Historyof the Barton House

    The Barton House was built in 1866 by Dr. Welborn Barton and his wife Louisa Adeline Cox. It was listed on the National Register of Historic Places in 1983, and the house has been marked with a Texas Centennial Marker. Construction on The Barton House, as it stands today, was completed in three major stages. The old and the new have blended together seamlessly, creating a unique atmosphere, delighting storied history buffs and devoted diners alike.


    Dr. Barton was a pioneering physician who received a medical degree from Kentucky’s Transylvania University, Lexington, KY in 1847. Following his graduation, he migrated to Texas settling at Bastrop where he practiced medicine for two years. At that time many young people hearing of the California Gold Rush decided to seek their fortunes in the West. Dr. Barton decided to join this movement but first desired to return home to visit with his family. He married his sweetheart, Louise Adeline Cox, and stayed on in South Carolina. Ten children would be born to this union.

    In 1854 old friends and family members persuaded Welborn to lead a wagon train of about one hundred folks to Texas. The group left on October 5, 1854 and two and one-half months later arrived in Washington County just before Christmas. The Bartons purchased farm land in Burnet County where he farmed and practiced medicine. At the beginning of the War between the States, Dr. Barton offered his services as a surgeon for the Confederate Army.

    After the end of the war, during the reconstruction era, Dr. and Mrs. Barton moved to the Salado area responding to rumors that a fine school had opened there. As Louisa became an advocate for literacy, the couple wished to provide their children with good educations. Dr. Barton immediately became involved in the community. He served as a trustee for the Salado College for several years. He developed a busy medical practice in the area with his wife Louisa accompanying him on his rounds by driving the horses which pulled the buggy and serving as his nurse.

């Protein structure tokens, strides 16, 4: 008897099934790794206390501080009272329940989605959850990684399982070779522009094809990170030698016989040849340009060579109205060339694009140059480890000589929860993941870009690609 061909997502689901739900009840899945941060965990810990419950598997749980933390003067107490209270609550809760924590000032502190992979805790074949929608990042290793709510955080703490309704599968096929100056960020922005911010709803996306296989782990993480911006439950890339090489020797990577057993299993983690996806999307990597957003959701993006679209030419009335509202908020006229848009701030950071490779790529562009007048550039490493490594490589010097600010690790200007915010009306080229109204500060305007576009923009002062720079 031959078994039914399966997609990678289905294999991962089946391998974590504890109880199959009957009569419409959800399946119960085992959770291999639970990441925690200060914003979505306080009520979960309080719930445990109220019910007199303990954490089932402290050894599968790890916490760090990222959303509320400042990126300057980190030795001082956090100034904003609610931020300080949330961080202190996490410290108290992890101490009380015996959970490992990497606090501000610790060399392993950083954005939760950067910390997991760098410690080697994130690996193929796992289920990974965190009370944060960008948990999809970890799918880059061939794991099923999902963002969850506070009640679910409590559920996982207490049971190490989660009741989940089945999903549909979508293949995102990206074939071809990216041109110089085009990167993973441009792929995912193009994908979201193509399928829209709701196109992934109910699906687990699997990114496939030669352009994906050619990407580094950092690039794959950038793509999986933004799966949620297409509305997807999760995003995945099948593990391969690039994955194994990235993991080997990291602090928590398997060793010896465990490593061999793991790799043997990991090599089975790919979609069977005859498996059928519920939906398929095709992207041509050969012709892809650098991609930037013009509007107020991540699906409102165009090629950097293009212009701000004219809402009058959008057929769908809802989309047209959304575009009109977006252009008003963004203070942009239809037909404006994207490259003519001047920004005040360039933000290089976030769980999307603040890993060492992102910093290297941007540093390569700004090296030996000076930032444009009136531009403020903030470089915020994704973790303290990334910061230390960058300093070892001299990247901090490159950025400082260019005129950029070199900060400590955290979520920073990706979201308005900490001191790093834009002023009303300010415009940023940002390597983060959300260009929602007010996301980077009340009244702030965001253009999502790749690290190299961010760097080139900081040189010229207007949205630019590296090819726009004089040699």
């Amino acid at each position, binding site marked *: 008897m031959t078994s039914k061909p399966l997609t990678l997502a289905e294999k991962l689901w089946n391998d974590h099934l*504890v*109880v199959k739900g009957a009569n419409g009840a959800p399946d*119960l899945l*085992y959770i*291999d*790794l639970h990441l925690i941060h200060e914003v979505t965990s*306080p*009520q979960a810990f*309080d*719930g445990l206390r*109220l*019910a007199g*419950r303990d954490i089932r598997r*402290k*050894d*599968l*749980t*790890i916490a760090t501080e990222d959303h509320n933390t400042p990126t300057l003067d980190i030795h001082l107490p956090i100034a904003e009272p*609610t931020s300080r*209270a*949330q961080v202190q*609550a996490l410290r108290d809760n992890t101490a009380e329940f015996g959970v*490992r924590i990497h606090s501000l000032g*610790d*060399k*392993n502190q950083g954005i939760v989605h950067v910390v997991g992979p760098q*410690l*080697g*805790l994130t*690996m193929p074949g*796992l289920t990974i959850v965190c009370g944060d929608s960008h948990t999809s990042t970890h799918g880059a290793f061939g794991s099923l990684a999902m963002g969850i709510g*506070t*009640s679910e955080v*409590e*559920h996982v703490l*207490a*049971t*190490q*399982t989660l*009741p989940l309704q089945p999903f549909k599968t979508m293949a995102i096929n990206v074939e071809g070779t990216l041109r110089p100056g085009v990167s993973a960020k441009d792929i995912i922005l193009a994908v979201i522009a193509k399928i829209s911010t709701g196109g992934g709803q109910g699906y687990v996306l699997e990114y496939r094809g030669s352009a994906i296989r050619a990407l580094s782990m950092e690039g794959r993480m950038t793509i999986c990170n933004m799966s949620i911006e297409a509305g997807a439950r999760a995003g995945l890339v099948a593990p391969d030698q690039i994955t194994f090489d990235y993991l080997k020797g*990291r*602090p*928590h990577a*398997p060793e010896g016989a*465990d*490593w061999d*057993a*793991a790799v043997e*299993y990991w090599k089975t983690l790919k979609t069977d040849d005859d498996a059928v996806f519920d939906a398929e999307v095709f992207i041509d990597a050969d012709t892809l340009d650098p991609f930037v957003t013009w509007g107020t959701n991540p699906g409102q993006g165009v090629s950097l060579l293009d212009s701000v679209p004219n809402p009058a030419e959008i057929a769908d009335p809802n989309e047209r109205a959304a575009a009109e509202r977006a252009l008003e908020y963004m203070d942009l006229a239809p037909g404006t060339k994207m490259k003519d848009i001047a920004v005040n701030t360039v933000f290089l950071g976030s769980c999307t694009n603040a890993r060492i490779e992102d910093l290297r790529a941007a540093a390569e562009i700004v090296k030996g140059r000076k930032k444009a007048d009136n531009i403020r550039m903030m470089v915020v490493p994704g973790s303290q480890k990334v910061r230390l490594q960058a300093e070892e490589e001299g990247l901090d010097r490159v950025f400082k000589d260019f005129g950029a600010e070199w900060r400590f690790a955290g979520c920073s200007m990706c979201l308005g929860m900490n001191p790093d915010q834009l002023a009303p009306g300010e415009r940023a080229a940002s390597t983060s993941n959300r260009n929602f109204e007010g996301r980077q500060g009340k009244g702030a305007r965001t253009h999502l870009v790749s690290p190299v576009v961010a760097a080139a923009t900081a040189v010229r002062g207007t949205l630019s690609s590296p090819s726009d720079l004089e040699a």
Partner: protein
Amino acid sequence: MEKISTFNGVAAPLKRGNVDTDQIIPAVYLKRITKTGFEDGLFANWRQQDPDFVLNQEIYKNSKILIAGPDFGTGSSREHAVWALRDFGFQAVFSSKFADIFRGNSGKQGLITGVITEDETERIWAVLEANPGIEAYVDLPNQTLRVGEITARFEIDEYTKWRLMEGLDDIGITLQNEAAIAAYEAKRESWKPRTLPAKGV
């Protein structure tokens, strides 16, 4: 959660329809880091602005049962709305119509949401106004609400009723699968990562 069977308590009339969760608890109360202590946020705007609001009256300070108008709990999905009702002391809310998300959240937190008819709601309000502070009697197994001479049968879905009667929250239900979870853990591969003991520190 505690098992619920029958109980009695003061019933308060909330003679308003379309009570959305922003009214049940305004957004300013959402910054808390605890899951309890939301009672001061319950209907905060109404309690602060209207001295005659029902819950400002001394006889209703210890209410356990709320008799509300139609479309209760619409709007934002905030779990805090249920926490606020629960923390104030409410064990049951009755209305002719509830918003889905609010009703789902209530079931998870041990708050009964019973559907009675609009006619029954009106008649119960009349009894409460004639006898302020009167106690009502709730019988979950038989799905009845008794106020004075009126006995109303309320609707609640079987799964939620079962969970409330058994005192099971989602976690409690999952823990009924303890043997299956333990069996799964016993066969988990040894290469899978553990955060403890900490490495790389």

Dr. Barton died on May 13, 1883.  After Dr. Barton’s death, Louisa provided room and board for students of the college in order to supplement her income.  Louisa died on November 14, 1920. The couple is buried side-by-side in the family burial plot in the Old Salado Grave Yard.  A Texas Historical Commission marker has been placed by their grave sites.

    The Bartons had built the historic Barton House on Main Street in Salado.  The original part of The Barton House was built into a hillside in 1866.  Built of Texas quarry-faced limestone ashlar, it shows skill in stone-masonry and is unusual for its period with asymmetrical placement of the front door.  Consisting of three stories, the walls are solid 24 inches thick and the floors are constructed of long-leaf pine. The main floor was used to house Dr. Barton’s medical practice, while the family lived on the other two floors.

    In 1879, an addition was built on to the house.  Rumor has it that Dr. Barton wanted his home to look like a stately English country manor with wings on each side of the house.  The prosperity of his medical practice and his need for more space made the addition of one of these wings possible. As you stand facing The Barton House you will notice this addition on the left hand side.  It consisted of two stories with two new rooms on each level. One of the new rooms was used by Dr. Barton as a surgery room for his growing practice. Included in the design of the room is a limestone sink, with outdoor drainage, built into the wall of the house.  Descendants of the Barton family speculate that this was some of the first indoor plumbing in Central Texas. Notably, rumors claim that General Custer was treated along with some of his troops here. Sadly Dr. Barton died before a second wing could be added to the right side of the house. Today you will see the relaxing covered porch is in that location.  1946 was a year that brought even more modern changes to The Barton House.  A great granddaughter of Dr. Barton had four working bathrooms installed throughout the house. Their exact original location is not known but it sure beats the outhouse they used which still resides on the property.

    The Barton House remained a private home until it opened as a restaurant in 1997, when it was purchased by Dave and Katie Hermann.  Hermann came to Salado over 20 years ago to open The Range at the Barton House. To complete that task, a 1,200 sq.ft. kitchen was added onto the house.

    2018 marks the newest and most exciting event in the history of this amazing property.  Clinton and Ledia Harwell, owner’s of Pignetti’s Italian Restaurant in downtown Temple, purchased the historic property.  With many hours of elbow grease, thoughtful design and an amazing kitchen and wait staff they are excited to offer this new restaurant addition to the wonderful town of Salado, Texas.  Please come in and enjoy a meal with us.